Key Takeaway

The role that automation, centralized management, real-time analytics, collaboration, and improved security plays in CLM can help any in-house legal team streamline the routine onerous tasks CLOs said were holding them back, while reducing risk and satisfying compliance requirements. A modern contract management system that facilitates DCX gives legal departments the data they need to support and lead digital transformation strategies with additional visibility into all contracts and contract data. With this transformative approach, departments can extract value from the information within their contracts, optimize those legal agreements, and then provide a tangible ROI to the business. Less risk, greater compliance and an ability to get business done faster is a win for all parties!

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Photo of Rick Ralston Rick Ralston

Rick Ralston has served as the CEO of Contract Logix since July 2017. Rick has over 35 years’ experience in various engineering, operations, and leadership roles including as the COO of iProspect, president & CEO of KeyCentrix, and managing director of IT operations…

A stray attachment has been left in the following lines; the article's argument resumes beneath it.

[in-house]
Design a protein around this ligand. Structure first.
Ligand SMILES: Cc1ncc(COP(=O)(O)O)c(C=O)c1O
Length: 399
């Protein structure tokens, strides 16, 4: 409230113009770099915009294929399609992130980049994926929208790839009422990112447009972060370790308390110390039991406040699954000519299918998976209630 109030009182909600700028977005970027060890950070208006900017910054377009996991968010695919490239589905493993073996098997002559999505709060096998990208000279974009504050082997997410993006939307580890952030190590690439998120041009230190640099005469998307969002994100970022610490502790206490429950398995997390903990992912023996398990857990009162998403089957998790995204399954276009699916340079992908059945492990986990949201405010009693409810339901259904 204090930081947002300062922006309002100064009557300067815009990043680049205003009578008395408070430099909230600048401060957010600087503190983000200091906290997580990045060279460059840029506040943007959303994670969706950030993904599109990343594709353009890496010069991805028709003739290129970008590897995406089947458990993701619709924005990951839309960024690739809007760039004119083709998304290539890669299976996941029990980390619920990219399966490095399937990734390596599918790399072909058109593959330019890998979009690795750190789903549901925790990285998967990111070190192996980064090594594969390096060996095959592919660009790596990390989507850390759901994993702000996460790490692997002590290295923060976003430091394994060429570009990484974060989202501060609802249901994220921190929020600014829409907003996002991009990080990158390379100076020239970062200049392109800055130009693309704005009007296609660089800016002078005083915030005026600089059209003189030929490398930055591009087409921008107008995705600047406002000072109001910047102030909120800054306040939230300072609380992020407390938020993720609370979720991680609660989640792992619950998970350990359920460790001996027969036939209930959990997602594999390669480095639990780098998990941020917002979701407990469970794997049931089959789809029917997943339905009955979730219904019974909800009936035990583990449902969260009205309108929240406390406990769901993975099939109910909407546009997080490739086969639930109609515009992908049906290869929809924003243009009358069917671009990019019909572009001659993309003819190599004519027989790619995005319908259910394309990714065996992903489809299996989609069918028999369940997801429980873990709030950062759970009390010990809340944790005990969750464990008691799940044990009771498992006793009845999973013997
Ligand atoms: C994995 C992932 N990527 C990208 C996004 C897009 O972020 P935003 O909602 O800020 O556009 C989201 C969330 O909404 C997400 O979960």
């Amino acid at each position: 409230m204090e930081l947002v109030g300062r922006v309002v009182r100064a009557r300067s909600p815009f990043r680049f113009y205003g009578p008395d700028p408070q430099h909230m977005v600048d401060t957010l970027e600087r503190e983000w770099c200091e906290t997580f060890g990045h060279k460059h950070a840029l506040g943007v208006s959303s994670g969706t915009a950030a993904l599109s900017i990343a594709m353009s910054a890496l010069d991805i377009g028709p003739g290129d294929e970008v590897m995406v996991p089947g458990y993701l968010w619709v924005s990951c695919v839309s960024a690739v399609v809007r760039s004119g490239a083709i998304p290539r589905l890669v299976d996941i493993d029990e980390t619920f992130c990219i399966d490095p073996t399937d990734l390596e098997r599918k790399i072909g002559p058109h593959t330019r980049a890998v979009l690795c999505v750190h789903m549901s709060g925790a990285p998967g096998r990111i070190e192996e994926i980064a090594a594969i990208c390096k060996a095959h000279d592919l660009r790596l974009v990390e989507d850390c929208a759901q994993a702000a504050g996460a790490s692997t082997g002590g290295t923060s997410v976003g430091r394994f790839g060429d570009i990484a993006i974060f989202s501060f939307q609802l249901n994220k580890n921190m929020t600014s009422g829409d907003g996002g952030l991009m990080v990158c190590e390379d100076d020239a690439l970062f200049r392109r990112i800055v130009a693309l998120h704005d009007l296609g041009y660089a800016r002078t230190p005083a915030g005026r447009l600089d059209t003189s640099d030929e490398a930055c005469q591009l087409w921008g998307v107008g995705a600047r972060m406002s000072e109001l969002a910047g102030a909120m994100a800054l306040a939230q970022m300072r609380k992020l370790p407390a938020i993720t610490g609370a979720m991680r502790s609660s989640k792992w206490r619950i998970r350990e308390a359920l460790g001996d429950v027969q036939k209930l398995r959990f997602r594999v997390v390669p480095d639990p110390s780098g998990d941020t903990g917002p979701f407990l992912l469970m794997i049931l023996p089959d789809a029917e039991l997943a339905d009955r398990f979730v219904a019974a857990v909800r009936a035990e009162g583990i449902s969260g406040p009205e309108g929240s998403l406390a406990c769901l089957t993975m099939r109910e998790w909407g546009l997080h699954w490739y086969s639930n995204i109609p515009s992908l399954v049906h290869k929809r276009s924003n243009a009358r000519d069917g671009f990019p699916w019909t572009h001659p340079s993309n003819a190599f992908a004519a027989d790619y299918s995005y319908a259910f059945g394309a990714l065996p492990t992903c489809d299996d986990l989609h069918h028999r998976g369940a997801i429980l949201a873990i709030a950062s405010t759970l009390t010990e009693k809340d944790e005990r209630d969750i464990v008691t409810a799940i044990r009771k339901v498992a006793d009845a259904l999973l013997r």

Rick Ralston has served as the CEO of Contract Logix since July 2017. Rick has over 35 years’ experience in various engineering, operations, and leadership roles including as the COO of iProspect, president & CEO of KeyCentrix, and managing director of IT operations at Koch Industries. Rick has founded, cofounded, or held senior positions in over a dozen successful entrepreneurial ventures and enjoys helping startups get traction and growth phase businesses climb to the next level. He holds an MBA from the University of Nebraska at Lincoln and is an advisory board member of AMD Global Telemedicine.